• 2 days Investors Are Patient With Unprofitable Giants
  • 4 days Wells Fargo Back In The Scandal Spotlight Once Again
  • 6 days 5 Stocks To Keep A Close Eye On This Year
  • 7 days As Auto Giants Flail, Look To Chip Stocks For Gains
  • 8 days Central America Is Ready For The Bitcoin Hustle
  • 10 days China’s Video Game Restrictions Unlikely To Slow Down Booming Industry
  • 11 days Top Performing Stocks As Inflation Fears Grow
  • 12 days US Airline Stocks Take A Beating On New EU Restrictions
  • 13 days This IPO Could Open Sustainable Fashion Floodgates
  • 14 days Crypto Crime Nets Another $2B Fraudster
  • 16 days This Week’s Hottest Meme Stocks
  • 17 days Why World Markets Should Be Watching Germany Closely
  • 19 days Could ‘Cultured’ Meat Rival The Plant-Based Megatrend?
  • 22 days ‘Easy Money’: Crypto Is Still Attracting Newbie Investors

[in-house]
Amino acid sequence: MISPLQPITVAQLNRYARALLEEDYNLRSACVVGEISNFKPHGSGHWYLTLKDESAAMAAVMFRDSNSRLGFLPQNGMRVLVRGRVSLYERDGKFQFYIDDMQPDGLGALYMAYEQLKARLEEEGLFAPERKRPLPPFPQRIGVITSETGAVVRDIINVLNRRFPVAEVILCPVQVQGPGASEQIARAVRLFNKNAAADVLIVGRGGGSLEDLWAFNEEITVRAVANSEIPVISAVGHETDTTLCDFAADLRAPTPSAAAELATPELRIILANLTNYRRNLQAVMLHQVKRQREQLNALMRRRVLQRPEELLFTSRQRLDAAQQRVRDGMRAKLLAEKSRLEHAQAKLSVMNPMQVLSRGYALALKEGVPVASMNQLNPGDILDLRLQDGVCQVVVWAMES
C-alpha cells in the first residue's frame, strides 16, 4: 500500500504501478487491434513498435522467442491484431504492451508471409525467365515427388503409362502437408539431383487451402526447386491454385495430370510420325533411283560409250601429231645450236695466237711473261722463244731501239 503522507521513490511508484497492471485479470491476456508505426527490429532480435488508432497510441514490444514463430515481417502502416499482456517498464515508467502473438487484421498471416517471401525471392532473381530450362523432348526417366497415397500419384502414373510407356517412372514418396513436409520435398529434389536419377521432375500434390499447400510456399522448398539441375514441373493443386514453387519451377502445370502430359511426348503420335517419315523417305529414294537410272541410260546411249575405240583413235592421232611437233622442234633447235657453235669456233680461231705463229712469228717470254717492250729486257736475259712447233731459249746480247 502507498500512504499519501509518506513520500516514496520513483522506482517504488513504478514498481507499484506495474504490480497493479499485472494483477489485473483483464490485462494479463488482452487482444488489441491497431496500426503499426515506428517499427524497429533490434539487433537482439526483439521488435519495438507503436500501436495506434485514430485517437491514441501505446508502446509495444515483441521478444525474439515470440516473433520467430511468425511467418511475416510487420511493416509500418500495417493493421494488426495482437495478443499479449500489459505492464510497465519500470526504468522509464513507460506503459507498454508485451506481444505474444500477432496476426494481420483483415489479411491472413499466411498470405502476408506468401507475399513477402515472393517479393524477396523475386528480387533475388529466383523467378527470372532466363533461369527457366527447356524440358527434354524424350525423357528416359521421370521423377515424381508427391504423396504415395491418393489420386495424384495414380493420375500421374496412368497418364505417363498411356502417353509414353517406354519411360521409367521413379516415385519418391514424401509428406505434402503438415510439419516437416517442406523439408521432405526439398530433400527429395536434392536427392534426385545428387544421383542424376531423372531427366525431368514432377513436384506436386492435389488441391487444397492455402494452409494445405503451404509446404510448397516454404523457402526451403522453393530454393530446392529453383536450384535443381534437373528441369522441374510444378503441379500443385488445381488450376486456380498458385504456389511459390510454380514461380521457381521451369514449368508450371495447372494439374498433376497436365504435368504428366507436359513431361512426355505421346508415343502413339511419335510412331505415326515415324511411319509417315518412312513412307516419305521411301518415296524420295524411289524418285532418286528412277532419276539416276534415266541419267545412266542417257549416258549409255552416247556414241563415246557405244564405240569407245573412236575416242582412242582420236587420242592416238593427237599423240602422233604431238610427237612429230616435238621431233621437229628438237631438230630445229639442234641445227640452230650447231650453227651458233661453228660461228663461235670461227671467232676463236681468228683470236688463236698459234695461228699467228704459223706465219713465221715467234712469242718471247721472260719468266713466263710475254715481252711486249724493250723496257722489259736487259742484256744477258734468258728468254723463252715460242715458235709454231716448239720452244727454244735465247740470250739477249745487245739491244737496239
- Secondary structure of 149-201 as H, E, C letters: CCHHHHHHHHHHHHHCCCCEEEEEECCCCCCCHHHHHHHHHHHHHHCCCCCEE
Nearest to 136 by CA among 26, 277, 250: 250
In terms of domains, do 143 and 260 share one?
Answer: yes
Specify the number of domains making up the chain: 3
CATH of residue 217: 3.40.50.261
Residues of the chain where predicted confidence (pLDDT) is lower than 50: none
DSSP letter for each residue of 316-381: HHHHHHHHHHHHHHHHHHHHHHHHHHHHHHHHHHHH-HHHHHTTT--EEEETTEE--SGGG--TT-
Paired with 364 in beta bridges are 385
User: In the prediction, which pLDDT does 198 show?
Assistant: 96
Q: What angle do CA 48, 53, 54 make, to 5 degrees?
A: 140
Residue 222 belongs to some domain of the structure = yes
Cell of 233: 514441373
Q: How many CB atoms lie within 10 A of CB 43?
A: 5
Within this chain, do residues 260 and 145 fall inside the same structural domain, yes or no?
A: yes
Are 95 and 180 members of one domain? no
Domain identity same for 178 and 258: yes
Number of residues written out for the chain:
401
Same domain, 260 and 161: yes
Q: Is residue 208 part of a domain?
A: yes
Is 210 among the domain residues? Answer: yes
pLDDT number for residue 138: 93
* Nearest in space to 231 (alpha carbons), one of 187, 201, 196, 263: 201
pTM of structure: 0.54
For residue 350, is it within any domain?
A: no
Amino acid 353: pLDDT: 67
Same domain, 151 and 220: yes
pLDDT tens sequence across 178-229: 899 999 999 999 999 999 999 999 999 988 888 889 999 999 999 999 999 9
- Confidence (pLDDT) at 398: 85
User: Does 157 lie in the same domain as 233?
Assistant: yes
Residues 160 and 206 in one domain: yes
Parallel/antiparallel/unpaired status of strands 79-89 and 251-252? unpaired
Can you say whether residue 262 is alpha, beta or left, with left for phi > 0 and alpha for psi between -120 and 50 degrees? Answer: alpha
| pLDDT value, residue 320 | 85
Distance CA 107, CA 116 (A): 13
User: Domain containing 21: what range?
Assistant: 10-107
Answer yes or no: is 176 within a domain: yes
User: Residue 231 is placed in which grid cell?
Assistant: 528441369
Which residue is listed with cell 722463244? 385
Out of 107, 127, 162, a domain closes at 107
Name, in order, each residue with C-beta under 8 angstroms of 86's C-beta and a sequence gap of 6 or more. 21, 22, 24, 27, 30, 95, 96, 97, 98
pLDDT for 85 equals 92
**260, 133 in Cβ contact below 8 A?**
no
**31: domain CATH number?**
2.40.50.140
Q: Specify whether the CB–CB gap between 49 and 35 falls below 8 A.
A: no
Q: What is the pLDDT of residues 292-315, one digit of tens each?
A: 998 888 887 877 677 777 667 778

• 23 days Foreign Syndicates May Have Stolen Up To $400B In COVID Benefits
  • 24 days Gold Jumps Above $1800 Ahead Of Jackson Hole Summit
  • 25 days International Banks Blacklist Afghanistan Following Taliban Takeover
  • 26 days China’s Tycoons Are Getting A Serious Reality Check
  • 27 days U.S. Cannabis Space Heats Up With Telling Tilray Acquisition
  • 28 days Consumer Price Index Hits 13-Year-High
  1. Home
  2. Markets
  3. Other

Personal Income Up 0.3 Percent, Real Disposable Income Not Quite 0.1 Percent

The BEA's Personal Income and Outlays report shows personal incomes rose 0.3%.

"Real DPI increased less than 0.1 percent in September and Real PCE increased 0.3 percent."

Spending rose 0.5% but the BEA revised August from +0.0% to -0.1% so effectively spending increased 0.4% from the unrevised number.

Income and Price Indices


Econoday Consensus

The reported numbers were mostly in-line with the Econoday Consensus Estimates.

Personal Income and Outlays


Real Disposable Personal Income Year-Over-Year

Real Disposable Personal Income Year-Over-Year

Econoday calls the report "solid" but sees the inflation data as "mixed to soft".

The Econoday parrot is always happy when consumers have less real money to spend. The above chart simply is too "soft".

The parrot would have been happier had inflation advanced more and consumers effectively made nothing.

 

Back to homepage

Leave a comment

Leave a comment